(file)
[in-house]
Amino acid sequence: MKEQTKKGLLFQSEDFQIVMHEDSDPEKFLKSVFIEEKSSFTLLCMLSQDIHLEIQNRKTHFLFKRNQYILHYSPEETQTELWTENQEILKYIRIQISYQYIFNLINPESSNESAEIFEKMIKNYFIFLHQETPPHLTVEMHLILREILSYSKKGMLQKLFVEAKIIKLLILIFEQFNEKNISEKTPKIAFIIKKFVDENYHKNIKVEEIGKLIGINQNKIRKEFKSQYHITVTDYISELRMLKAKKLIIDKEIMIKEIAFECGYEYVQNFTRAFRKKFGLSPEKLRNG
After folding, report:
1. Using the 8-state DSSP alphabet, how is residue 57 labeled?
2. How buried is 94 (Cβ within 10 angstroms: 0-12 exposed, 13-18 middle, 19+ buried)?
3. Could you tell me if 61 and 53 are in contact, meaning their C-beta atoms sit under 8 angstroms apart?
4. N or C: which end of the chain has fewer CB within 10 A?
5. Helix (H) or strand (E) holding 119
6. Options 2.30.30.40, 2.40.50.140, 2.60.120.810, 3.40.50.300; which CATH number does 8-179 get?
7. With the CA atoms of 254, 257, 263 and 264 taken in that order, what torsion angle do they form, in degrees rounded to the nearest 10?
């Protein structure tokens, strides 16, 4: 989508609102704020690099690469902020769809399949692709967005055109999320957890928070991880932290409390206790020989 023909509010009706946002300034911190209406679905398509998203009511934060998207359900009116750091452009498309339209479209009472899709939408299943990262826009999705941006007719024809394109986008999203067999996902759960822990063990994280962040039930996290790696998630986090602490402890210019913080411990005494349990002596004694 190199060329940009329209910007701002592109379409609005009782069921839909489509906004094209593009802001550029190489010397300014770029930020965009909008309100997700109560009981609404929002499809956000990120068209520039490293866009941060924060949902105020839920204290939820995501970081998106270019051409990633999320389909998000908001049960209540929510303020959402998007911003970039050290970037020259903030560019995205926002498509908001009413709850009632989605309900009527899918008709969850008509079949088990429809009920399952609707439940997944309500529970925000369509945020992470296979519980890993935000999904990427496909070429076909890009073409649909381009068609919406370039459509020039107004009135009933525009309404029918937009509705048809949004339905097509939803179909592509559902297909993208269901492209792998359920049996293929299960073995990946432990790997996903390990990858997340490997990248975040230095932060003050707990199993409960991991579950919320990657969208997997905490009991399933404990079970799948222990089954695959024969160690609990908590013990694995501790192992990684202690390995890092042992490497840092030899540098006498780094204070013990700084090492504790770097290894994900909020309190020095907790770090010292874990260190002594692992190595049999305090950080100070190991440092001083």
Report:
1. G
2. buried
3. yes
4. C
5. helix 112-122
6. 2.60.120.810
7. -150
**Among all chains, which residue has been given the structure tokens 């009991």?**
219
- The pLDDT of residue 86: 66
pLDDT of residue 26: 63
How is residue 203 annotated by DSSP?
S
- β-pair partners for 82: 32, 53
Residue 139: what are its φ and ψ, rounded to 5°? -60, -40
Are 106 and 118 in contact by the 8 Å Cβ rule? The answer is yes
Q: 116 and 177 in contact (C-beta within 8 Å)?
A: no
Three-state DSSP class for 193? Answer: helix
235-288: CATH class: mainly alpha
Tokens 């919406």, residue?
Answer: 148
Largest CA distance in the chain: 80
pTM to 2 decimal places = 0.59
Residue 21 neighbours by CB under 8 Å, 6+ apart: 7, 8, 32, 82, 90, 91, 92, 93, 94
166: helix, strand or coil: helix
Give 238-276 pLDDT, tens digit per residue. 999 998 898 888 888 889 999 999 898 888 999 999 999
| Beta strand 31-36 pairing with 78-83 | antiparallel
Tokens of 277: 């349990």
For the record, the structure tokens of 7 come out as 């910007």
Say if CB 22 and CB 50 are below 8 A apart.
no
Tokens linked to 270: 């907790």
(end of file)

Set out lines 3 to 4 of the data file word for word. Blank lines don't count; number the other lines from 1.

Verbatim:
After folding, report:
1. Using the 8-state DSSP alphabet, how is residue 57 labeled?